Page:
Learning From the Greats — Bill Bowerman


I think following Steve Prefontaine in my Learning From the Greats series has to be Bill Bowerman.

Bowerman ‘recruited’ Pre to Oregon and was his official coach…though I believe by the time Pre was an upperclassman the majority of the workouts Pre ran were from Bill Dellinger (up next in the series)…but it was Bowerman that coached Dellinger to an Olympic Bronze medal at the Rome Olympics and Bowerman who influenced a generation of runners and coaches.

My favorite story on Bowerman (well, let’s be honest, I have a lot of favorite Bowerman stories) was when he was mocked and ridiculed by several coaches at the 1954 NCAA Indoor Championships because he believed in a hard/easy pattern of training…at this time in the running and athletics world coaches believed that the only way to train was by the hard / hard pattern. (Think of the slogan…no pain, no gain…)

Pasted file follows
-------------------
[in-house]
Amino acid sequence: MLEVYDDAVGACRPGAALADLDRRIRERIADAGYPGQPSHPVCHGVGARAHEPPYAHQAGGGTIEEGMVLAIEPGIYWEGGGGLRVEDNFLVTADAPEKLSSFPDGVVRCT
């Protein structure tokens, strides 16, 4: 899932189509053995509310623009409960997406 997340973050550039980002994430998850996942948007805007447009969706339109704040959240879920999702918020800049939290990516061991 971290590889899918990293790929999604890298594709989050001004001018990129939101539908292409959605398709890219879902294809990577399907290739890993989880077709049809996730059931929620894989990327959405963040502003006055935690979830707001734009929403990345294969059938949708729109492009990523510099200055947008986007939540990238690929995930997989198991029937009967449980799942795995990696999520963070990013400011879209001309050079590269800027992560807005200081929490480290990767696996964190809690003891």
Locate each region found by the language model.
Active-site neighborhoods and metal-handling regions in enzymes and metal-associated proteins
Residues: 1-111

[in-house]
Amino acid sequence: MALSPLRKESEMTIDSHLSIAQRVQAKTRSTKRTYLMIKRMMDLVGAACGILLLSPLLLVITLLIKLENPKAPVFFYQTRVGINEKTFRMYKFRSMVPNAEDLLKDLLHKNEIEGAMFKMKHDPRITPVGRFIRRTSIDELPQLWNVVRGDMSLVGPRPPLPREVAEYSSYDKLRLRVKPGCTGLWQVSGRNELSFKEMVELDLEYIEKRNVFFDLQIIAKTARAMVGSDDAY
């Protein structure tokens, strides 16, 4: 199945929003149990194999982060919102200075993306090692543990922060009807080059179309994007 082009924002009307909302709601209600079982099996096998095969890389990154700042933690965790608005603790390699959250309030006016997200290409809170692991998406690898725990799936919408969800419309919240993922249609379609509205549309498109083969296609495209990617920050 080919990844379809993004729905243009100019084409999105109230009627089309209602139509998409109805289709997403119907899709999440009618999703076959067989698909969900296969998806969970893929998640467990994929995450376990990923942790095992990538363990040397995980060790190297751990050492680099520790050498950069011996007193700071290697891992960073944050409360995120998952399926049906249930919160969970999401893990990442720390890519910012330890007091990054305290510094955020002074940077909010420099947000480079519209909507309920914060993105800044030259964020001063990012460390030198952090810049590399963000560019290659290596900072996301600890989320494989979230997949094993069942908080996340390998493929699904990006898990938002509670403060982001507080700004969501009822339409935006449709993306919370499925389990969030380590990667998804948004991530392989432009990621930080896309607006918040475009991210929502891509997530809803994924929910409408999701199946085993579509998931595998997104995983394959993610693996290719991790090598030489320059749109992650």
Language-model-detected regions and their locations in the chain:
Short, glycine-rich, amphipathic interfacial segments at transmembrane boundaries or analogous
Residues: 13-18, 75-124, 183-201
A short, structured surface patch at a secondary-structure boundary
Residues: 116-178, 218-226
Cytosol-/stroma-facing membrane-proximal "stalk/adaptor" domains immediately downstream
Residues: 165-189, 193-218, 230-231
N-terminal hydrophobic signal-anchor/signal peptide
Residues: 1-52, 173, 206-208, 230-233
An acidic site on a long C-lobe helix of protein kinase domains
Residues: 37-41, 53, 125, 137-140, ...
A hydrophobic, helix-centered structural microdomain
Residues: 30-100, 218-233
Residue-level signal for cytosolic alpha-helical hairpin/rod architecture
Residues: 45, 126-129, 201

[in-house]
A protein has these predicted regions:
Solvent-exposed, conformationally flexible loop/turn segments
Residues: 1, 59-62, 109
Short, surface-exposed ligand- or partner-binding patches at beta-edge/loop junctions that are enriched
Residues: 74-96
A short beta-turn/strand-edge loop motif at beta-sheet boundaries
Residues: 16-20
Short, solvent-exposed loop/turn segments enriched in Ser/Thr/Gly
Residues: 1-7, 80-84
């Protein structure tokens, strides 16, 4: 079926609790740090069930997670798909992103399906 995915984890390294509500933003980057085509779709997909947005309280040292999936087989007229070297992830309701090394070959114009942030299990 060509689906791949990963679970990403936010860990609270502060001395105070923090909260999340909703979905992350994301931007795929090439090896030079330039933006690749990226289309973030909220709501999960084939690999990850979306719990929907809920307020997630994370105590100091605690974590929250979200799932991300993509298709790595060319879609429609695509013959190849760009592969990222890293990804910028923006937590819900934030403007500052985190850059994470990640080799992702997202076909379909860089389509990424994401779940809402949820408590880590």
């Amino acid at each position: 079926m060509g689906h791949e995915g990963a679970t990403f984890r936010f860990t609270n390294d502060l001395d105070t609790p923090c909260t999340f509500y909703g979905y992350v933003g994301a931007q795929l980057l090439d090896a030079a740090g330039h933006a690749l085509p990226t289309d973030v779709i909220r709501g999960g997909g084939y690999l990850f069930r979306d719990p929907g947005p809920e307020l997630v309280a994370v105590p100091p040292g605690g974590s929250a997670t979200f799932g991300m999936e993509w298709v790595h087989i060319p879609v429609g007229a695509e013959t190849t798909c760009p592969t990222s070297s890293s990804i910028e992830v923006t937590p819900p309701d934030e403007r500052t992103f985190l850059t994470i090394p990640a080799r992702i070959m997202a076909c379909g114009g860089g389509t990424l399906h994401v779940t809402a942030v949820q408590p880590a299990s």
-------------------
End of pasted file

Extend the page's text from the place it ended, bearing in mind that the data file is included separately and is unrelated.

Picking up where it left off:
Well, after being mocked and ridiculed by these coaches, he sent out his protege, Dellinger, to win the NCAA Indoor Mile title. Needless to say, he shut those old-school coaches up pretty quickly.

There’s another story on Bowerman, by Kenny Moore, where Moore (4th place in the marathon at the 1972 Munich Olympics) was running too hard and running too much. Bowerman calmly, yet forcefully, in only a way that Bowerman could get away with, explained that if Moore did not start resting, recovering, and doing only as Bill asked, that he would no longer be on the team.

Hard. Easy.

Not…Hard. Hard.

That’s what I learned from Bowerman.


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